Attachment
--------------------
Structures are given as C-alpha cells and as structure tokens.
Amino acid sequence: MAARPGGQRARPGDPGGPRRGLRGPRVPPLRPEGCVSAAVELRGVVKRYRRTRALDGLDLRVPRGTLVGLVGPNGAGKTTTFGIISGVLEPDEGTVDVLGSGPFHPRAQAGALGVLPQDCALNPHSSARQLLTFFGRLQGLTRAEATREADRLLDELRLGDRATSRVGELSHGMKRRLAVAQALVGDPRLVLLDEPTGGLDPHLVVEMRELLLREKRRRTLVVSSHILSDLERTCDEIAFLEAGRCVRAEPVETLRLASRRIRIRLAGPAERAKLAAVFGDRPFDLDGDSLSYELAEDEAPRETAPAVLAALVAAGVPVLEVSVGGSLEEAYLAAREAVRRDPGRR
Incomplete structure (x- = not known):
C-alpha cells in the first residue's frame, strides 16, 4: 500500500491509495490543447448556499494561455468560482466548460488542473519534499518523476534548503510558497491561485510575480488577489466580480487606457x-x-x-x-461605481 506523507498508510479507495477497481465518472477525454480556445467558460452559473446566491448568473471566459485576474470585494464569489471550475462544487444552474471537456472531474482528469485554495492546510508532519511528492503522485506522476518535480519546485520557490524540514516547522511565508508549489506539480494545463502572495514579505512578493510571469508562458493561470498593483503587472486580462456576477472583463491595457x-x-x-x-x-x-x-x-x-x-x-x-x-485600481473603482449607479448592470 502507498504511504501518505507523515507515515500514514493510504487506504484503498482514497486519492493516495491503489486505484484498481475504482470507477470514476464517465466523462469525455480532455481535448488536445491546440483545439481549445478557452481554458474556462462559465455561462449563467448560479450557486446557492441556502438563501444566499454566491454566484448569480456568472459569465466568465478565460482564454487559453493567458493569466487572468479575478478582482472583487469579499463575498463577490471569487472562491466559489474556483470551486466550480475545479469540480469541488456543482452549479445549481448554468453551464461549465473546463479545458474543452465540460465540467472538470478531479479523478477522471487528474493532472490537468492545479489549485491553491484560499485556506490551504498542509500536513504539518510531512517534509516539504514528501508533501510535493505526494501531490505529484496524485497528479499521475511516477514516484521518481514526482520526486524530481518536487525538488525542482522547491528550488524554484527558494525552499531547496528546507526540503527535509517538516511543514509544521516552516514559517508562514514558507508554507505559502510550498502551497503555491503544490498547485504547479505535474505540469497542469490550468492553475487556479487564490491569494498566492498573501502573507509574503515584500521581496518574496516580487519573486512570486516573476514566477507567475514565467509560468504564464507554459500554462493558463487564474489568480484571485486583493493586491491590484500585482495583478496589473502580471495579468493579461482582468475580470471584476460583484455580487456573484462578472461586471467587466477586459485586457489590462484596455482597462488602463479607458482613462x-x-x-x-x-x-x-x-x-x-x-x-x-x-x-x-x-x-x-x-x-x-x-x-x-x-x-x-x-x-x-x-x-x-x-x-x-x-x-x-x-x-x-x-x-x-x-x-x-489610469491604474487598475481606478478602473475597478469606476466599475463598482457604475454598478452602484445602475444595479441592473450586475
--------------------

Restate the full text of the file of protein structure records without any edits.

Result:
Structures are given as C-alpha cells and as structure tokens.
Amino acid sequence: MAARPGGQRARPGDPGGPRRGLRGPRVPPLRPEGCVSAAVELRGVVKRYRRTRALDGLDLRVPRGTLVGLVGPNGAGKTTTFGIISGVLEPDEGTVDVLGSGPFHPRAQAGALGVLPQDCALNPHSSARQLLTFFGRLQGLTRAEATREADRLLDELRLGDRATSRVGELSHGMKRRLAVAQALVGDPRLVLLDEPTGGLDPHLVVEMRELLLREKRRRTLVVSSHILSDLERTCDEIAFLEAGRCVRAEPVETLRLASRRIRIRLAGPAERAKLAAVFGDRPFDLDGDSLSYELAEDEAPRETAPAVLAALVAAGVPVLEVSVGGSLEEAYLAAREAVRRDPGRR
Incomplete structure (x- = not known):
C-alpha cells in the first residue's frame, strides 16, 4: 500500500491509495490543447448556499494561455468560482466548460488542473519534499518523476534548503510558497491561485510575480488577489466580480487606457x-x-x-x-461605481 506523507498508510479507495477497481465518472477525454480556445467558460452559473446566491448568473471566459485576474470585494464569489471550475462544487444552474471537456472531474482528469485554495492546510508532519511528492503522485506522476518535480519546485520557490524540514516547522511565508508549489506539480494545463502572495514579505512578493510571469508562458493561470498593483503587472486580462456576477472583463491595457x-x-x-x-x-x-x-x-x-x-x-x-x-485600481473603482449607479448592470 502507498504511504501518505507523515507515515500514514493510504487506504484503498482514497486519492493516495491503489486505484484498481475504482470507477470514476464517465466523462469525455480532455481535448488536445491546440483545439481549445478557452481554458474556462462559465455561462449563467448560479450557486446557492441556502438563501444566499454566491454566484448569480456568472459569465466568465478565460482564454487559453493567458493569466487572468479575478478582482472583487469579499463575498463577490471569487472562491466559489474556483470551486466550480475545479469540480469541488456543482452549479445549481448554468453551464461549465473546463479545458474543452465540460465540467472538470478531479479523478477522471487528474493532472490537468492545479489549485491553491484560499485556506490551504498542509500536513504539518510531512517534509516539504514528501508533501510535493505526494501531490505529484496524485497528479499521475511516477514516484521518481514526482520526486524530481518536487525538488525542482522547491528550488524554484527558494525552499531547496528546507526540503527535509517538516511543514509544521516552516514559517508562514514558507508554507505559502510550498502551497503555491503544490498547485504547479505535474505540469497542469490550468492553475487556479487564490491569494498566492498573501502573507509574503515584500521581496518574496516580487519573486512570486516573476514566477507567475514565467509560468504564464507554459500554462493558463487564474489568480484571485486583493493586491491590484500585482495583478496589473502580471495579468493579461482582468475580470471584476460583484455580487456573484462578472461586471467587466477586459485586457489590462484596455482597462488602463479607458482613462x-x-x-x-x-x-x-x-x-x-x-x-x-x-x-x-x-x-x-x-x-x-x-x-x-x-x-x-x-x-x-x-x-x-x-x-x-x-x-x-x-x-x-x-x-x-x-x-x-489610469491604474487598475481606478478602473475597478469606476466599475463598482457604475454598478452602484445602475444595479441592473450586475